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Recent Examples on the Web: Verb Senate rules dictate that impeachment trials begin the day after the House impeachment managers present the article to the upper chamber, although senators can schedule a specific time to receive House managers by unanimous consent. CBS News, "House impeaches Trump for Capitol riot in historic bipartisan rebuke," 14 Jan. 2021 Now BlackRock can’t raise further money until 80% of that money is invested, fund documents dictate. Dawn Lim, WSJ, "BlackRock Scales Back Private-Equity Fund Ambitions," 1 Jan. 2021 Used by health care professionals and policy makers, the guidelines dictate much of what Americans of all ages will eat over the next five years and provide a foundation for federal nutrition programs. Ashley Strickland, CNN, "New US dietary guidelines include babies and toddlers for first time," 29 Dec. 2020 Often, events dictate the direction of our politics. Patrick Condon, Star Tribune, "Disruption defined Minnesota's year in politics," 26 Dec. 2020 However, conference rules also dictate that all players must go through heart testing and physicals before players can return to the court. Zoe Christen Jones, CBS News, "Florida Gators star Keyontae Johnson in stable condition after collapsing on court," 15 Dec. 2020 Gender stereotypes and social norms dictate women’s choices and entry into different professions. Lisa Deaderick, San Diego Union-Tribune, "Women suffer higher unemployment during pandemic, thanks in part to systemic inequality and stereotypes," 6 Dec. 2020 Los Angeles County public health guidelines dictate that anyone deemed to be in close contact with a person who tested positive must isolate for 14 days. Ryan Kartje, Los Angeles Times, "USC resumes football workouts after coronavirus shutdown," 1 Dec. 2020 With right guard Wyatt Teller back, the Browns dictate games upfront. Ellis L. Williams, cleveland, "Why the Cleveland Browns have the best offensive line in football: Ellis L. Williams," 1 Dec. 2020 Recent Examples on the Web: Noun Typically, all members of Congress were forced to take or leave the near-trillion-dollar dictate without time to read the thousands of pages, much less study them. John Brummett, Arkansas Online, "From the center out," 27 Dec. 2020 Two days after the league loosened its indoor spectator rules, some fans defied the conference dictate for cross-country races and showed up at Eagan High School for the conference championship meet. Paul Klauda, Star Tribune, "Cross-country section championship keeps parents from attending in person," 21 Oct. 2020 Think seeding dictates who wins the state championship? Matt Goul, cleveland, "OHSAA football playoff expansion in 2021 is next step of evolving the sport," 21 May 2020 As Newton’s third law of motion dictates, every action is met with an equal and opposite reaction — and the experience of birth and postpartum offers no exception. Sandy Jorgenson, refinery29.com, "I Was Diagnosed With Cancer During My 4th Trimester," 19 May 2020 On Thursday, a Trump administration official also speaking on condition of anonymity said there were concerns about the propriety of the government making specific dictates to places of worship. Mike Stobbe, Anchorage Daily News, "US officials release edited coronavirus reopening guidance after delays," 14 May 2020 The protesters have mainly focused their ire toward Lam, who has little choice but to carry through dictates issued by Beijing. Washington Post, "Protesters demand that embattled Hong Kong leader resign," 17 June 2019 With the utmost diligence, Susan calibrates herself according to contemporary dictates of femininity. Longreads, "“The Leaky Vessel”: On Lewis Carroll and the Perils of Being Female," 27 Mar. 2020 Doctors are a famously independent profession, where individual medical judgment on what’s best for the patient is prized over administrative dictates. Olivia Carville, Fortune, "Hospitals tell doctors they’ll be fired if they speak out about lack of gear," 31 Mar. 2020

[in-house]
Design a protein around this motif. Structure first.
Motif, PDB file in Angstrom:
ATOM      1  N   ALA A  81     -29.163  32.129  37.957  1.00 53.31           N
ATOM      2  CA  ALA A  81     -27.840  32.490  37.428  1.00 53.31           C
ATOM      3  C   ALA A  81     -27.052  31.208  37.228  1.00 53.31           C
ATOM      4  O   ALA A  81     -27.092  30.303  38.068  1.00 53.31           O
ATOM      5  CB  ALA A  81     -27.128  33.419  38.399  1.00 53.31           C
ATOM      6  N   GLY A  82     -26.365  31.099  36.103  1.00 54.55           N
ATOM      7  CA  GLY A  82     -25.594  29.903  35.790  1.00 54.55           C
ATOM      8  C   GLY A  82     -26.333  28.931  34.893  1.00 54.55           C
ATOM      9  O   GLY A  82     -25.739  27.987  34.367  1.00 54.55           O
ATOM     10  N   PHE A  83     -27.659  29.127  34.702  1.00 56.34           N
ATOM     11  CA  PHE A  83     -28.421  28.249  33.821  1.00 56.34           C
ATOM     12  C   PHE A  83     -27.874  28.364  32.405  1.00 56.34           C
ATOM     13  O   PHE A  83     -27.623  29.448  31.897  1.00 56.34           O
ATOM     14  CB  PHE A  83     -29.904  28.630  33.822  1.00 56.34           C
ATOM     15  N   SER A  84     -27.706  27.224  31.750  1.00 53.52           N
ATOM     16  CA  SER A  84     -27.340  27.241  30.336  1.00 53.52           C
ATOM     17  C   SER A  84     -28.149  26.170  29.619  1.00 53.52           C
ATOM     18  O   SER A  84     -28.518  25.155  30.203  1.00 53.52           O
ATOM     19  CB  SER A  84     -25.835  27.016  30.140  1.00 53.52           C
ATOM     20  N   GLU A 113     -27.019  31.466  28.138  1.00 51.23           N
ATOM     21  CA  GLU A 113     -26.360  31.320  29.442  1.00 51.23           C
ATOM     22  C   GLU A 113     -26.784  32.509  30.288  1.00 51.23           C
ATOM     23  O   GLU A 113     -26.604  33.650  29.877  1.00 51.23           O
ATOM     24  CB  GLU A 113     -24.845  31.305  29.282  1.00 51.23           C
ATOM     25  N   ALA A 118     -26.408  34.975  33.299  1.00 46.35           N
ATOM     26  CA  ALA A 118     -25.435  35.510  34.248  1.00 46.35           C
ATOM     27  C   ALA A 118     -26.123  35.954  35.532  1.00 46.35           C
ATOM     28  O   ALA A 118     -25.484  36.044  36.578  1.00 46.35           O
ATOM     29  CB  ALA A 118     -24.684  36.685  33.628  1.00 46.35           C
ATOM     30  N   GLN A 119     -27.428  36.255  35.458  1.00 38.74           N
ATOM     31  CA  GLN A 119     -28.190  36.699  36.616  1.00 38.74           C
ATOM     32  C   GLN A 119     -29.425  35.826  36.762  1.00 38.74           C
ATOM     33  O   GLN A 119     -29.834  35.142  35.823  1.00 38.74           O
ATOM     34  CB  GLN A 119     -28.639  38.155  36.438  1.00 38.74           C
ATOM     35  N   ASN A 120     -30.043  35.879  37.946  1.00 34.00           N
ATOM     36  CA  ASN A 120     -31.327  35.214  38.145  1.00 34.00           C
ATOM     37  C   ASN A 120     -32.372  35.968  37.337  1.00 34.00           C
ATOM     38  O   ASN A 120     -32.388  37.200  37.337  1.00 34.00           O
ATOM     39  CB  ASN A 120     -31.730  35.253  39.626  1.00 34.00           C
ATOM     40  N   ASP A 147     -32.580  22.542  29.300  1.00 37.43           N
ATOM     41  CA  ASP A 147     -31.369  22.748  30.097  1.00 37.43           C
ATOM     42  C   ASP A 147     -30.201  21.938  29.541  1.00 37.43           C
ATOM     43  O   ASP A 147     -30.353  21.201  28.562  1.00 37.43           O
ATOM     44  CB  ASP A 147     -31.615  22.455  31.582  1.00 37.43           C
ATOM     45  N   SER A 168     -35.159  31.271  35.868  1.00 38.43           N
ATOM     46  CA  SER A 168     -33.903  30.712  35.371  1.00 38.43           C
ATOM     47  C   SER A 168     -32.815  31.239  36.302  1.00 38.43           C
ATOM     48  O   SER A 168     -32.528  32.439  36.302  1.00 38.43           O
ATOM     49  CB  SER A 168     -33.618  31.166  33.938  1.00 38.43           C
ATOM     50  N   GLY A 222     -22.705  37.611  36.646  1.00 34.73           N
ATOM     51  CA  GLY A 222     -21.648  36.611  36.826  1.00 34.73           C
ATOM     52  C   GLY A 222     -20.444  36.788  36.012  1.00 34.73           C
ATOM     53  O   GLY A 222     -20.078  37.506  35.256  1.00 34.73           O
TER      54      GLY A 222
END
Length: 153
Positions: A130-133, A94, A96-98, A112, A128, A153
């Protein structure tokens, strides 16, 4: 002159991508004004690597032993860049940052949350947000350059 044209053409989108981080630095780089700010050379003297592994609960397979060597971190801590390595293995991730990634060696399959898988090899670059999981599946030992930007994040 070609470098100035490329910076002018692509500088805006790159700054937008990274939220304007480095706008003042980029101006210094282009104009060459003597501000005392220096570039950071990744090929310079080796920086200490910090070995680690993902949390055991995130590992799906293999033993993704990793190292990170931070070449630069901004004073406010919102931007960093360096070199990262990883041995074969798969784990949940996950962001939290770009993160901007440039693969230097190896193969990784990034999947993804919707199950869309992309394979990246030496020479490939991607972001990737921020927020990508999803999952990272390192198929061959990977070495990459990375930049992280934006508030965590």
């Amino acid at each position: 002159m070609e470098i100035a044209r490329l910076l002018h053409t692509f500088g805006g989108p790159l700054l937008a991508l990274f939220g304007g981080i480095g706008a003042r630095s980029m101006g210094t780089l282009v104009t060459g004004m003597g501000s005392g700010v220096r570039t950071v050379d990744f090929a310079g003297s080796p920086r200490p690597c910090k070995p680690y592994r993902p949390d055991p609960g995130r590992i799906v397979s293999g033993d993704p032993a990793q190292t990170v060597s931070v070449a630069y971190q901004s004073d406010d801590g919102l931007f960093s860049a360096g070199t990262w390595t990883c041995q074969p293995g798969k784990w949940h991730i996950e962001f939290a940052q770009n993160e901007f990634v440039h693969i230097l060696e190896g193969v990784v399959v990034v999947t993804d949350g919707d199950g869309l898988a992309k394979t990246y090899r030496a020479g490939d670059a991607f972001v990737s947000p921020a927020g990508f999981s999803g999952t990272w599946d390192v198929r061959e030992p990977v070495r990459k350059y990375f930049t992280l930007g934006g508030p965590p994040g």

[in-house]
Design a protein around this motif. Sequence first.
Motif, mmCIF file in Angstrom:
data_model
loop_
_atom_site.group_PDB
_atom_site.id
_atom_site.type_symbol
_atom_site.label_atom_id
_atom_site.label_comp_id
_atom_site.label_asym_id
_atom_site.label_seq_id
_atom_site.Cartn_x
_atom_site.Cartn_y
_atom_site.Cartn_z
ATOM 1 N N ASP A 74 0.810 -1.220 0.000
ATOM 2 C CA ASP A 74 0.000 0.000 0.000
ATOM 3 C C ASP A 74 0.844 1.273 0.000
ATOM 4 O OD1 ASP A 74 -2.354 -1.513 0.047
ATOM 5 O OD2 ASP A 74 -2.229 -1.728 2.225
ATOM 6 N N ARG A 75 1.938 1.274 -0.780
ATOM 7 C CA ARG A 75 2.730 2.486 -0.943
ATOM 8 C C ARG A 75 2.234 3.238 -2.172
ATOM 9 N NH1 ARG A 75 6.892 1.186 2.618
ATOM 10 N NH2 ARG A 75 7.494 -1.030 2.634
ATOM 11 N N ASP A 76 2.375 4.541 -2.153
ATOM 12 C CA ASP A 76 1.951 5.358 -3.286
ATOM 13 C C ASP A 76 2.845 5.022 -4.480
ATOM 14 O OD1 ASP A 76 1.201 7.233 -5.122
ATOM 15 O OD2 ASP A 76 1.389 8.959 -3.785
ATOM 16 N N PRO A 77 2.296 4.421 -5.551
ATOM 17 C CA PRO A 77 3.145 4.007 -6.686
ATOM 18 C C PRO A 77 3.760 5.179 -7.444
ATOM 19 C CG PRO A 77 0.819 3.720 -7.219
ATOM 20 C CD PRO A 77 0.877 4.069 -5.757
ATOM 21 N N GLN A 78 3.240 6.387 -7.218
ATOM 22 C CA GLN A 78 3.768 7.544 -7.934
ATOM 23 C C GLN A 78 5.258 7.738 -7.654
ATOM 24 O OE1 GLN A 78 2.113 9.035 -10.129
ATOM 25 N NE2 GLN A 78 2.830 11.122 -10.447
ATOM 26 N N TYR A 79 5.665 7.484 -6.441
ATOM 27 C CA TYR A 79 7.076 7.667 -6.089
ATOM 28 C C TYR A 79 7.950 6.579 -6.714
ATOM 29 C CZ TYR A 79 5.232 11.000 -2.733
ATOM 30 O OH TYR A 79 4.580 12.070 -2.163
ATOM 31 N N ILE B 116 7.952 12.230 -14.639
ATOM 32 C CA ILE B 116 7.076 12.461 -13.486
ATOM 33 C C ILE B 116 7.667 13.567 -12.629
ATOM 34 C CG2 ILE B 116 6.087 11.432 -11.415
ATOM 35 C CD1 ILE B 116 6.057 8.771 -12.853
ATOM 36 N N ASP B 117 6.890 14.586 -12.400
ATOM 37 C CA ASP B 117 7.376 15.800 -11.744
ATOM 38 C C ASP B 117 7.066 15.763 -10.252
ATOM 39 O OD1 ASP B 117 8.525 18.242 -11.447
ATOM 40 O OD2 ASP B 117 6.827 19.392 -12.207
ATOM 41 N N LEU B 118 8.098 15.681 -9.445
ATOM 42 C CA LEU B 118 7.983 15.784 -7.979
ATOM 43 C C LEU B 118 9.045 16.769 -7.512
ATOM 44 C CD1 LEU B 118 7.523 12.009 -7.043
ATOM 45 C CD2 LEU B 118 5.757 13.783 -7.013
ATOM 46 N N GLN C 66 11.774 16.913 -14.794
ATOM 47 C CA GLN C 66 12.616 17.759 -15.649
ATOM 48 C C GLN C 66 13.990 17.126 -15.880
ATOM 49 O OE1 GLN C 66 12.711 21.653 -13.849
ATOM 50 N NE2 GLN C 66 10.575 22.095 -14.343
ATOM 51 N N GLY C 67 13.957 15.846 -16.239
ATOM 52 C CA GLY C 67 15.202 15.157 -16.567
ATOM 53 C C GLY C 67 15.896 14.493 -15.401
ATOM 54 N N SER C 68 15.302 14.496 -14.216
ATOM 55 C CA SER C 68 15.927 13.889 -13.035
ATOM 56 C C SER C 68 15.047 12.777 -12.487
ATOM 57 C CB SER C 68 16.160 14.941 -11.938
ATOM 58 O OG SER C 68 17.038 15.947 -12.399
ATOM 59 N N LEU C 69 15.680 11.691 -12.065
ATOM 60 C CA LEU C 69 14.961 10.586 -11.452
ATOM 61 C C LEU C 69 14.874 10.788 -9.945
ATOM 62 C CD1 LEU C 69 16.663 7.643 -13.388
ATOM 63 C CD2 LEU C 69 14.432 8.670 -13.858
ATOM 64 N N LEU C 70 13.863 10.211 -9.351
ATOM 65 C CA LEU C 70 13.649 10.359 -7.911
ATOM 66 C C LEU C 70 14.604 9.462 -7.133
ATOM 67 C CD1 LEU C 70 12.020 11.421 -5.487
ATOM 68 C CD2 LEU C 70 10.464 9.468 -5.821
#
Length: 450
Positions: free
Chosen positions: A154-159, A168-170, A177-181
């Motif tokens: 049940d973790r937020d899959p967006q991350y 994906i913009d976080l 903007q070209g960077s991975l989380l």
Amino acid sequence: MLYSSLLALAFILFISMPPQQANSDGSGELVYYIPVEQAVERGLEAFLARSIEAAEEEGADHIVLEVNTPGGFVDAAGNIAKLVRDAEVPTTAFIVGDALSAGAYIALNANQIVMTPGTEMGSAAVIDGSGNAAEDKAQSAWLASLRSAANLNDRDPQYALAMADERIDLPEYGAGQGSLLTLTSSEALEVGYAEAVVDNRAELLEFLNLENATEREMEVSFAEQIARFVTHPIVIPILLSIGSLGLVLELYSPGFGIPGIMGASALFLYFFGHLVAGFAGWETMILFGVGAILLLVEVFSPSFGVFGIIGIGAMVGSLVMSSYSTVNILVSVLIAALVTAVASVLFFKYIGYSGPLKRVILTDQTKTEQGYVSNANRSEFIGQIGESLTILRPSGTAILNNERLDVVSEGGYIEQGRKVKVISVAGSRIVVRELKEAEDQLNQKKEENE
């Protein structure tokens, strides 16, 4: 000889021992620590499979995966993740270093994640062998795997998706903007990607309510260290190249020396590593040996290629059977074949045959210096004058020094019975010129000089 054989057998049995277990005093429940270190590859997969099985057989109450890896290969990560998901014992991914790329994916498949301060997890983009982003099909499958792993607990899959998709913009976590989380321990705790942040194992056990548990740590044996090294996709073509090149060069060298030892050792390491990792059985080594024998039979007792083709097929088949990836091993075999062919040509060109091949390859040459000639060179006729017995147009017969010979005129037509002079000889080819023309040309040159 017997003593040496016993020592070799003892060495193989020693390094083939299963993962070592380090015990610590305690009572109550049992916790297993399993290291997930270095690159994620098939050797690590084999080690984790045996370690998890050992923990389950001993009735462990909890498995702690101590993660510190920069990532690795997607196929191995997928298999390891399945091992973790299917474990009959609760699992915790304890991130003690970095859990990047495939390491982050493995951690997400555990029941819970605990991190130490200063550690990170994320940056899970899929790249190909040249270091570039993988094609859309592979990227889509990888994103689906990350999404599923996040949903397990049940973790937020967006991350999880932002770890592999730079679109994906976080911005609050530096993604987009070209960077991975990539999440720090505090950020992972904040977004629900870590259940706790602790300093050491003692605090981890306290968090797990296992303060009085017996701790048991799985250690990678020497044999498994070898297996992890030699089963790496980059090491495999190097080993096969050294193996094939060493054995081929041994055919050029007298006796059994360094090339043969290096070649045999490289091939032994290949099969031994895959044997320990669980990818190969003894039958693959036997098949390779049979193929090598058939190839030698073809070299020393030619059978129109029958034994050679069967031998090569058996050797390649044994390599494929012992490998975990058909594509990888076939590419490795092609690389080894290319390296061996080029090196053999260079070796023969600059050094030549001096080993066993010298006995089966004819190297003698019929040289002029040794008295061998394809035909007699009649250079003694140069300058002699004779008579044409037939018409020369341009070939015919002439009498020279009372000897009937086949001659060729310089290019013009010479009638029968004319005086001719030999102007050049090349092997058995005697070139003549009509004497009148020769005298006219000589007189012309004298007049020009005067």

These example sentences are selected automatically from various online news sources to reflect current usage of the word 'dictate.' Views expressed in the examples do not represent the opinion of Merriam-Webster or its editors. Send us feedback.